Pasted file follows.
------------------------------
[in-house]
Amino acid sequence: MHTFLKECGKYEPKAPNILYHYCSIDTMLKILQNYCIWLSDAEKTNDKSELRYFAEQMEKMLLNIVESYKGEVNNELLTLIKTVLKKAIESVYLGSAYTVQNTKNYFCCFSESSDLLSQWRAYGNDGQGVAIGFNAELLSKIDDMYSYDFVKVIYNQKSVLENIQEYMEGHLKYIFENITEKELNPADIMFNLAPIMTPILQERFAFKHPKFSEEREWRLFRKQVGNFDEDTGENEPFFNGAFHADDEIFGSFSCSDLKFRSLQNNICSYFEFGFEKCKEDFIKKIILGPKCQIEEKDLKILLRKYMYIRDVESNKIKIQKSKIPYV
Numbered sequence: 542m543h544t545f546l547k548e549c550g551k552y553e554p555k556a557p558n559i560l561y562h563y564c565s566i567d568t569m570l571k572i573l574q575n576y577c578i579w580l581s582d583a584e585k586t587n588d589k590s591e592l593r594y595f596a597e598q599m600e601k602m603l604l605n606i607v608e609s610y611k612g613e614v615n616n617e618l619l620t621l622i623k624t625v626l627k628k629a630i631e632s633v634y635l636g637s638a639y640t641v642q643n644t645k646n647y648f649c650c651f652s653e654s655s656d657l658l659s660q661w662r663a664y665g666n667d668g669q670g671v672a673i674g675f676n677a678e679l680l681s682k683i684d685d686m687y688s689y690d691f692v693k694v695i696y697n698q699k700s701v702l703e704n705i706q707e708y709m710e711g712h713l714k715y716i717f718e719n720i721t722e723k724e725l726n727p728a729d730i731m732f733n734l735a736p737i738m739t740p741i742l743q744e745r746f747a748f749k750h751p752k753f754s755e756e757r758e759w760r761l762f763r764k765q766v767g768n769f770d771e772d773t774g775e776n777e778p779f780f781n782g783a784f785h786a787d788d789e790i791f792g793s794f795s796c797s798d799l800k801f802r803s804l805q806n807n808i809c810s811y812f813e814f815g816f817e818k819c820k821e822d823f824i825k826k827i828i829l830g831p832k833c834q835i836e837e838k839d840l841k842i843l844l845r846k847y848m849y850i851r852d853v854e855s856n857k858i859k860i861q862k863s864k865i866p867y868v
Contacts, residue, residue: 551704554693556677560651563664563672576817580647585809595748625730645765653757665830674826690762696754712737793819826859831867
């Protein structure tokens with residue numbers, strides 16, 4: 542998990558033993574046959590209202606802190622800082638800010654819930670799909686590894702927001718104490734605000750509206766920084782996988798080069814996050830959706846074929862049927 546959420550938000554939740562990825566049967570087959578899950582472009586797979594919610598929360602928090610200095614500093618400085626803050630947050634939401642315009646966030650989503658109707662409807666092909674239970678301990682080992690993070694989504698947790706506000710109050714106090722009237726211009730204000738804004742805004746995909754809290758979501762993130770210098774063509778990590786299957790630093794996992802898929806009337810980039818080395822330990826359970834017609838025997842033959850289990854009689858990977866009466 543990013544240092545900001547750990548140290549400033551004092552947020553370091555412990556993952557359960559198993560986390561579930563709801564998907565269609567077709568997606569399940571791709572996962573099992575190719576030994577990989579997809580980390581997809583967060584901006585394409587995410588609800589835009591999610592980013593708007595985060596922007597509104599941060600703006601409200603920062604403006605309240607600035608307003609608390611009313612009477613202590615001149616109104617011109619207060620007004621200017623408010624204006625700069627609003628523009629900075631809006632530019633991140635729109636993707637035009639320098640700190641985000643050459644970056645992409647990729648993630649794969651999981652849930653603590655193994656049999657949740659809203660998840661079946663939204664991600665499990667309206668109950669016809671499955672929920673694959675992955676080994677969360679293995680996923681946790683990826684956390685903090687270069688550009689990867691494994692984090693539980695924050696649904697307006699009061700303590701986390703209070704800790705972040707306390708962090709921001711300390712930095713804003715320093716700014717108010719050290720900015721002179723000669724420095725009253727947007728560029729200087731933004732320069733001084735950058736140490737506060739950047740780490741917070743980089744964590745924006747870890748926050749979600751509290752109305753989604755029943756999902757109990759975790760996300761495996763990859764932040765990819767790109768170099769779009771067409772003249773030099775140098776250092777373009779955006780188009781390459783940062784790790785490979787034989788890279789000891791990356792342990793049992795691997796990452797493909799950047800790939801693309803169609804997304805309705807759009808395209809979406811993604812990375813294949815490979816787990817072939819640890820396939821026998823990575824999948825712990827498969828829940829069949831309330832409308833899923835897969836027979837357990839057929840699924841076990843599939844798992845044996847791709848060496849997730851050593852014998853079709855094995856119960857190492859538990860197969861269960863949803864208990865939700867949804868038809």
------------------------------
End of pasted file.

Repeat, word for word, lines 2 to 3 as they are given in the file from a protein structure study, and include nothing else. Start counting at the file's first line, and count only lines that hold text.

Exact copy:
Amino acid sequence: MHTFLKECGKYEPKAPNILYHYCSIDTMLKILQNYCIWLSDAEKTNDKSELRYFAEQMEKMLLNIVESYKGEVNNELLTLIKTVLKKAIESVYLGSAYTVQNTKNYFCCFSESSDLLSQWRAYGNDGQGVAIGFNAELLSKIDDMYSYDFVKVIYNQKSVLENIQEYMEGHLKYIFENITEKELNPADIMFNLAPIMTPILQERFAFKHPKFSEEREWRLFRKQVGNFDEDTGENEPFFNGAFHADDEIFGSFSCSDLKFRSLQNNICSYFEFGFEKCKEDFIKKIILGPKCQIEEKDLKILLRKYMYIRDVESNKIKIQKSKIPYV
Numbered sequence: 542m543h544t545f546l547k548e549c550g551k552y553e554p555k556a557p558n559i560l561y562h563y564c565s566i567d568t569m570l571k572i573l574q575n576y577c578i579w580l581s582d583a584e585k586t587n588d589k590s591e592l593r594y595f596a597e598q599m600e601k602m603l604l605n606i607v608e609s610y611k612g613e614v615n616n617e618l619l620t621l622i623k624t625v626l627k628k629a630i631e632s633v634y635l636g637s638a639y640t641v642q643n644t645k646n647y648f649c650c651f652s653e654s655s656d657l658l659s660q661w662r663a664y665g666n667d668g669q670g671v672a673i674g675f676n677a678e679l680l681s682k683i684d685d686m687y688s689y690d691f692v693k694v695i696y697n698q699k700s701v702l703e704n705i706q707e708y709m710e711g712h713l714k715y716i717f718e719n720i721t722e723k724e725l726n727p728a729d730i731m732f733n734l735a736p737i738m739t740p741i742l743q744e745r746f747a748f749k750h751p752k753f754s755e756e757r758e759w760r761l762f763r764k765q766v767g768n769f770d771e772d773t774g775e776n777e778p779f780f781n782g783a784f785h786a787d788d789e790i791f792g793s794f795s796c797s798d799l800k801f802r803s804l805q806n807n808i809c810s811y812f813e814f815g816f817e818k819c820k821e822d823f824i825k826k827i828i829l830g831p832k833c834q835i836e837e838k839d840l841k842i843l844l845r846k847y848m849y850i851r852d853v854e855s856n857k858i859k860i861q862k863s864k865i866p867y868v